The 5.56/.223-chambered AR's gas system can be used with 300 BLK. To reliably cycle subsonic ammo, you will need a pistol-length gas tube. A carbine-, mid- or rifle-length gas tube might not provide enough energy for the bolt to cycle in the upper receiver when firing subsonic loads, causing failures to feeding and eject rounds. 

The Best Buffer for 300 BLK Supers and Subs

Virtually all 300 BLK builds use a pistol gas system, and it's what we recommend to use regardless of your choice in ammo. Firing supersonic loads through an AR using a pistol-length gas tube shouldn't result in excessive recoil or wear. To ensure this, you also need the correct buffer weight to handle both supers and subs.

The Winning Buffer is…

A standard Heavy or "H" buffer. This buffer weighs 3.8 ounces. It uses one tungsten weight and two steel weights. With this buffer, your AR should reliably cycle supersonic and subsonic 300 Blackout ammo without failures to eject or feed. Your bolt should also lock to the rear after the last round is fired.

If an H buffer is too heavy, evidenced by failures to eject or failures to chamber, swap it for a lighter Carbine buffer. This buffer weighs 3.0 ounces and is found in most 5.56/.223 ARs. We recommend trying the "H" buffer first, as it reduces felt recoil. We've found "H" buffers reliably cycle both loads during our own testing.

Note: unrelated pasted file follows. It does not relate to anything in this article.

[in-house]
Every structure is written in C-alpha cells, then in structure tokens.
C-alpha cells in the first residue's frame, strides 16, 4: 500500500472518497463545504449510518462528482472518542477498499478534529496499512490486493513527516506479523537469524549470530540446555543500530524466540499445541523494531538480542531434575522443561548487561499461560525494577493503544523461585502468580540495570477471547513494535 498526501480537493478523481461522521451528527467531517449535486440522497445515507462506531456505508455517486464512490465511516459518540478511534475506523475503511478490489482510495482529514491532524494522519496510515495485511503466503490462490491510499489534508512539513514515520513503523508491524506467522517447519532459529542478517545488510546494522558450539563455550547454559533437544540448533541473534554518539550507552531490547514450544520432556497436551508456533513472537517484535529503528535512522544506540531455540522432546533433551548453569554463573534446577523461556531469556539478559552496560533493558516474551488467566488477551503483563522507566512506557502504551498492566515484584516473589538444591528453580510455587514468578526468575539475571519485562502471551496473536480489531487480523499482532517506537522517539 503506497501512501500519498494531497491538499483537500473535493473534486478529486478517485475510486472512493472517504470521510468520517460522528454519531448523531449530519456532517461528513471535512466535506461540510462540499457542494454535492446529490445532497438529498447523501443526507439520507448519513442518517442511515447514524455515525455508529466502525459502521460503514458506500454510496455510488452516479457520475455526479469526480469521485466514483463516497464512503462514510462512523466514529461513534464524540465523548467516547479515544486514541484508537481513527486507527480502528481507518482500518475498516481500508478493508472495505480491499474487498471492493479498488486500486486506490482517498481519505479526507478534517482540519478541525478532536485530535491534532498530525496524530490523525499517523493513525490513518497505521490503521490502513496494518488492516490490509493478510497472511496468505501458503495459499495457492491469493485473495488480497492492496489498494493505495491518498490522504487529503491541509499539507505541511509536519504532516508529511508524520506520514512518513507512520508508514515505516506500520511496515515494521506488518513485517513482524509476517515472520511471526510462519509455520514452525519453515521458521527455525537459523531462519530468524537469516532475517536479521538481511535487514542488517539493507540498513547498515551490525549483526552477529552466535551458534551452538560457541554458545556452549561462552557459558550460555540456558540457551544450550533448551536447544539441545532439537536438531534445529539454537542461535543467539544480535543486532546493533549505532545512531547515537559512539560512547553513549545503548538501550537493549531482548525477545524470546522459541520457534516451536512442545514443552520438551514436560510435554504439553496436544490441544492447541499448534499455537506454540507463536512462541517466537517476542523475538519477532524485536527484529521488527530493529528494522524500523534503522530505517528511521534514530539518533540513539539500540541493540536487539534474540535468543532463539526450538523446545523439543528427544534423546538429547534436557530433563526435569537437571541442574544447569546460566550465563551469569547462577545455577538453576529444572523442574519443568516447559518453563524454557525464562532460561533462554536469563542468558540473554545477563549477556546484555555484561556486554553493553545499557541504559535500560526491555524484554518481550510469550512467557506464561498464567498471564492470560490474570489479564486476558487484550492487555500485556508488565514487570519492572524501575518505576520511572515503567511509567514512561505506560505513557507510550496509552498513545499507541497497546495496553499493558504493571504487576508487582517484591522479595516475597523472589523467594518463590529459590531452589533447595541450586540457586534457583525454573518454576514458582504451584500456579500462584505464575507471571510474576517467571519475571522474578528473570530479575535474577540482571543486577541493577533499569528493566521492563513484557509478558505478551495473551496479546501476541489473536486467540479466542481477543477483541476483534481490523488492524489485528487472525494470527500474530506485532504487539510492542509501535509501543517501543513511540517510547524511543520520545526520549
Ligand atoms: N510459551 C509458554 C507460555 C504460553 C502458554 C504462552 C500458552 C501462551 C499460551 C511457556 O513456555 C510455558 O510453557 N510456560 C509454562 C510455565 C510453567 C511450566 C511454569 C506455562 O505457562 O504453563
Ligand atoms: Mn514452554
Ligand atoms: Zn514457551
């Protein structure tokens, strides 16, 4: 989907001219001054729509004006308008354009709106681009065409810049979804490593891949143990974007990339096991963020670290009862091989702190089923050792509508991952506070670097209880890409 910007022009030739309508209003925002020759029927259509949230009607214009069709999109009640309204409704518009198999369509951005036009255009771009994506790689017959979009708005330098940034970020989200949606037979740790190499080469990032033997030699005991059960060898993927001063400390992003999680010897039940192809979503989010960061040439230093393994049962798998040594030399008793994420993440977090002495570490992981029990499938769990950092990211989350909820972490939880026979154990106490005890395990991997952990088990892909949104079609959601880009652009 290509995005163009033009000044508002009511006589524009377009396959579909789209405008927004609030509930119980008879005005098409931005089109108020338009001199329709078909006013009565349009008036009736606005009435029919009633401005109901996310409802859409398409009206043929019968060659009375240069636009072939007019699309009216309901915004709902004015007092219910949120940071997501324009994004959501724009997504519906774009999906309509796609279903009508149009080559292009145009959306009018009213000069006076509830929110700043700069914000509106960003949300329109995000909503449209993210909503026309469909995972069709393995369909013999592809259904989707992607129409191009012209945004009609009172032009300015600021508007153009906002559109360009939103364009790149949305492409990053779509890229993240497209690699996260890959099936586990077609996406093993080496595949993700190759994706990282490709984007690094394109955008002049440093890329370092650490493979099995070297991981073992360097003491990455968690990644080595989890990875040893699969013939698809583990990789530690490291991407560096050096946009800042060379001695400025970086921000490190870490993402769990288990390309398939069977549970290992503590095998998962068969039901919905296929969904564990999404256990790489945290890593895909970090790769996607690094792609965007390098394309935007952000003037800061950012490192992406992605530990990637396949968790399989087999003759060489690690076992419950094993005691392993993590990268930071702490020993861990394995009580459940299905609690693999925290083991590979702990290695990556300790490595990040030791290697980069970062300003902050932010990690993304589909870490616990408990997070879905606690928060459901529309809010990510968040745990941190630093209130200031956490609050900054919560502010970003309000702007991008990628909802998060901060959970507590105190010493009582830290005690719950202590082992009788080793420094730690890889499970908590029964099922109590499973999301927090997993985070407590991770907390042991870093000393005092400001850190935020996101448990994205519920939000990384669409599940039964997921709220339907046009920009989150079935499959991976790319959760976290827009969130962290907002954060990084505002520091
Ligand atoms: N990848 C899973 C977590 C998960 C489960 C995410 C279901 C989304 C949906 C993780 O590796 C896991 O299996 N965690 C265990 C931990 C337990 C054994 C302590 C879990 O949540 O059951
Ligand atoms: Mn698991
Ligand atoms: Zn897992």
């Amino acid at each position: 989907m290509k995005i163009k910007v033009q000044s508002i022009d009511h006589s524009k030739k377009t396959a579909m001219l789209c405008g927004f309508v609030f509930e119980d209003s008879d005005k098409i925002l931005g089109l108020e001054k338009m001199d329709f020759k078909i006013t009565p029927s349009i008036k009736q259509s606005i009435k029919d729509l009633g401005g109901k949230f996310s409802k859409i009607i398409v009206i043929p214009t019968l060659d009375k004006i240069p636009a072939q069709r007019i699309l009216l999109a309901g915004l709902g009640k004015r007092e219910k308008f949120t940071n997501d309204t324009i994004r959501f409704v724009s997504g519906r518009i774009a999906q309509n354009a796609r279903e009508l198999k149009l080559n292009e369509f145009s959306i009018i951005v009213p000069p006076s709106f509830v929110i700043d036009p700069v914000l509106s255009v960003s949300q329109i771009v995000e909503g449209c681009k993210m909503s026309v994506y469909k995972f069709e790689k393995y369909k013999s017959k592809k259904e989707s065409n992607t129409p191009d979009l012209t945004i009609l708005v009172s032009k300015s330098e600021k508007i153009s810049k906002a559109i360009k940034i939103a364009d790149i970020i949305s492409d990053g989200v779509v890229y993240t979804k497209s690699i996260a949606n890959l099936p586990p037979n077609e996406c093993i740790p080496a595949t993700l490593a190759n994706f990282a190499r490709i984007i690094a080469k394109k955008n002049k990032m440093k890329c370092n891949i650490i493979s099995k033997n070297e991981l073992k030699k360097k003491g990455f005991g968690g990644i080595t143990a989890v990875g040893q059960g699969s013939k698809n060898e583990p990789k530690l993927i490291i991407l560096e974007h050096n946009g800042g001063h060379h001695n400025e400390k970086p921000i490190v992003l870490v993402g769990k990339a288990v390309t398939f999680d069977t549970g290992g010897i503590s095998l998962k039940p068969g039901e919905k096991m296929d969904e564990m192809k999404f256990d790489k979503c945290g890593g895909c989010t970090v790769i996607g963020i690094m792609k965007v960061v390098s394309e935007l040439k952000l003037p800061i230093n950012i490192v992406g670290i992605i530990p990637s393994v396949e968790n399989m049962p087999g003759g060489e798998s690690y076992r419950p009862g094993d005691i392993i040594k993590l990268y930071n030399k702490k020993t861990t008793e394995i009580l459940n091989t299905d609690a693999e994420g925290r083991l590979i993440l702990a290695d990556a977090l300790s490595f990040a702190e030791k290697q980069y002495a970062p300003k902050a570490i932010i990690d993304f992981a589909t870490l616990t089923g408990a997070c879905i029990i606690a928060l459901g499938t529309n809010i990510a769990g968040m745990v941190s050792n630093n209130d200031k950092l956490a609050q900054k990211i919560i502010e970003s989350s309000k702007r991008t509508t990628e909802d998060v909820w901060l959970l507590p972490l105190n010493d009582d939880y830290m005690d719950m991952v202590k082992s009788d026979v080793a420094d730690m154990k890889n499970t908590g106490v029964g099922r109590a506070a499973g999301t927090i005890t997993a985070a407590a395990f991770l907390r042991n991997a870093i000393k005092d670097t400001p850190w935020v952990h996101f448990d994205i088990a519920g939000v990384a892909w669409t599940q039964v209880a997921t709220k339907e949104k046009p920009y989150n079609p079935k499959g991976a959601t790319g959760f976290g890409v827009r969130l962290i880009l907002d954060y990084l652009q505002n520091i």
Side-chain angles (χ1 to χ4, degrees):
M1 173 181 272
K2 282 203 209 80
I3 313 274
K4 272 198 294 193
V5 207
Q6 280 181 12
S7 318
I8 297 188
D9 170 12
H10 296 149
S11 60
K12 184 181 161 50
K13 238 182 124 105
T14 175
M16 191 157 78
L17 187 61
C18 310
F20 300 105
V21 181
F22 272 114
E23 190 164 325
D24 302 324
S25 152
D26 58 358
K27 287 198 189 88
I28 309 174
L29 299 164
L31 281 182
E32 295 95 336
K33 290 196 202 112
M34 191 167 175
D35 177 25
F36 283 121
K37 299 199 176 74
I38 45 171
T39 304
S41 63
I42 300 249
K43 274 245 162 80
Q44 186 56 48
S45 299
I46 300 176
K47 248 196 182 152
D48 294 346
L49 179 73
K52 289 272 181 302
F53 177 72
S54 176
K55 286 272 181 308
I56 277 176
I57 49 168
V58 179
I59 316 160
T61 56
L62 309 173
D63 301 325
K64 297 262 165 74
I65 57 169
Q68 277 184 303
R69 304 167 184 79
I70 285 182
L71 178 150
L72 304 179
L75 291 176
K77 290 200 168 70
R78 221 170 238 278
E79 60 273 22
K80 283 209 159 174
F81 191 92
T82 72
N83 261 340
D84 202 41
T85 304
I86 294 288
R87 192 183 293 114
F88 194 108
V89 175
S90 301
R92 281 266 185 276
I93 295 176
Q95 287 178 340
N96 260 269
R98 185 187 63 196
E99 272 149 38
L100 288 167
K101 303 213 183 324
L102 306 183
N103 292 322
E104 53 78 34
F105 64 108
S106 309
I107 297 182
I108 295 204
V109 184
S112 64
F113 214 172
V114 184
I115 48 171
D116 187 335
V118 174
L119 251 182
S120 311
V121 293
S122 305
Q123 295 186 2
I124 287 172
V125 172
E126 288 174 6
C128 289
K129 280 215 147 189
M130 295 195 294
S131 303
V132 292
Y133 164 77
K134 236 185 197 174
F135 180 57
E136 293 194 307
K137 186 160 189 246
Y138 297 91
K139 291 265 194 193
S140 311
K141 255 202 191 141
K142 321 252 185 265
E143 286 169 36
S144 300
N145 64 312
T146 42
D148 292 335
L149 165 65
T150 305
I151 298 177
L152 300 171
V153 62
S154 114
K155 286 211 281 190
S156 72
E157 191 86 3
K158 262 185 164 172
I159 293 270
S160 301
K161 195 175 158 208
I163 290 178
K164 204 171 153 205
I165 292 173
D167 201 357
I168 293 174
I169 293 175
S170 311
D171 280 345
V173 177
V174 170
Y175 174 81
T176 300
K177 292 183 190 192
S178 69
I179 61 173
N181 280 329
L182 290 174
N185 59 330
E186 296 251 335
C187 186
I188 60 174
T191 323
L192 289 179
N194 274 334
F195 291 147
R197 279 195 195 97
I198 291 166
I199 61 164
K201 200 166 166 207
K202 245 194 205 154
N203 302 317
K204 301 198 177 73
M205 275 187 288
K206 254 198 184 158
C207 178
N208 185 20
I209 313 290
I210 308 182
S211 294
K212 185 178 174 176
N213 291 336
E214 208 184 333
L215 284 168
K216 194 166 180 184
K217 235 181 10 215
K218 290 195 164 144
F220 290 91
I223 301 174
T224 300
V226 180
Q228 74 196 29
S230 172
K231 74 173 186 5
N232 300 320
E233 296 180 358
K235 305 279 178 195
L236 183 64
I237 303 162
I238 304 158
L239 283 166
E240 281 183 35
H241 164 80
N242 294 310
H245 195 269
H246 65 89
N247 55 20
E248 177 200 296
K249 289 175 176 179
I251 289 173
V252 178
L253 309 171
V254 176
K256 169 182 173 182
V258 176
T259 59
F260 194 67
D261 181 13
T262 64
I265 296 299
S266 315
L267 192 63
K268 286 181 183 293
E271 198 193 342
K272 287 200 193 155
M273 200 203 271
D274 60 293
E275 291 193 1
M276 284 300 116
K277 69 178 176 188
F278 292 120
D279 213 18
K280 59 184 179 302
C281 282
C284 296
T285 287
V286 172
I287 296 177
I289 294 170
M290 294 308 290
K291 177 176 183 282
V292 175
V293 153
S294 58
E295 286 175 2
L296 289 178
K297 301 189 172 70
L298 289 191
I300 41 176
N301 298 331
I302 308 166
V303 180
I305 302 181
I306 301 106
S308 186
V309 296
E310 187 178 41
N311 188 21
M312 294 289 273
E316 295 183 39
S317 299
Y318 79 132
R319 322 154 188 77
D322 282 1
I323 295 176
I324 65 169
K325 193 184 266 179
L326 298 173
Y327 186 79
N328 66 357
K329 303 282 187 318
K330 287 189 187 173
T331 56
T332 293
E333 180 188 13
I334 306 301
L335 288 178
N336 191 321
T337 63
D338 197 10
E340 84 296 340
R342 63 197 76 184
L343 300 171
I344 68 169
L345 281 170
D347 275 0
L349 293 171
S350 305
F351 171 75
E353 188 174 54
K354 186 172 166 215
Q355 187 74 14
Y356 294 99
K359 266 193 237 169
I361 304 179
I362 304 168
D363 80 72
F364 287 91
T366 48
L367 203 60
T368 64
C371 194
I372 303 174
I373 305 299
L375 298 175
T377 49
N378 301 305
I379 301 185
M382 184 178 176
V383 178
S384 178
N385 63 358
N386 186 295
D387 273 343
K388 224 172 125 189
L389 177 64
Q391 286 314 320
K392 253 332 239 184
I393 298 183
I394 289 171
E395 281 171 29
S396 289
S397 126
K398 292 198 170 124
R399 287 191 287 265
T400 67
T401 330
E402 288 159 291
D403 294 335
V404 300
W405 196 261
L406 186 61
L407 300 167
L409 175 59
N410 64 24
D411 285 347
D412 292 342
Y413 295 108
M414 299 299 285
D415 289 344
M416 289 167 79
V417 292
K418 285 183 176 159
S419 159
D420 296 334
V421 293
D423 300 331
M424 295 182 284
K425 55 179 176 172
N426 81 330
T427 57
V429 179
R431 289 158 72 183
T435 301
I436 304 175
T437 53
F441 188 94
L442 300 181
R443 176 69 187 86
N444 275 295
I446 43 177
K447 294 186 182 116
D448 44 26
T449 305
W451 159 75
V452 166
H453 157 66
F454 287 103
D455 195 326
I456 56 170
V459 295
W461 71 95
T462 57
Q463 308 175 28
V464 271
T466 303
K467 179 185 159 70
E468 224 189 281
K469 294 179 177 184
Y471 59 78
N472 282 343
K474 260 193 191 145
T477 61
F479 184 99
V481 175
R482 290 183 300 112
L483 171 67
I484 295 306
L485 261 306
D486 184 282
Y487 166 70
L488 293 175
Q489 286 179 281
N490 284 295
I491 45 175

Barrel Length, Velocity, and Energy

A wide range of barrel lengths work well for building your 300 BLK-chambered rifle or pistol. The twist rate matters most for achieving proper stability and accuracy, but we'll get to that in a moment. Let's take a look at barrel length and performance, first.

300 BLK Barrel Length vs. Velocity

From the data above, we can see the lightest supersonic 300 BLK rounds (110-grain and 125-grain) lose only 12% of their potential velocity as we reduce barrel length from 16" to 7.5". The subsonic load (220-grain) loses approximately 13.5% of its total velocity in the same scenario.

Achieving subsonic velocity with a 16"-barreled rifle.

It's important to note that the 220-grain load's muzzle velocity in a 16" barrel is just barely supersonic, at 1,102 FPS. To achieve subsonic muzzle velocity for adequate suppression with a 16"-barreled build, you'll need to chamber heavier 240-grain loads.

The 12.5" barrel works best for supersonic and subsonic accuracy.

With a 12.5" barrel, your 300 BLK build can retain the most velocity for both supers and subs, without causing heavy loads intended for subsonic use (like 220-grain cartridges) to go supersonic. 

300 BLK Barrel Length vs. Muzzle Energy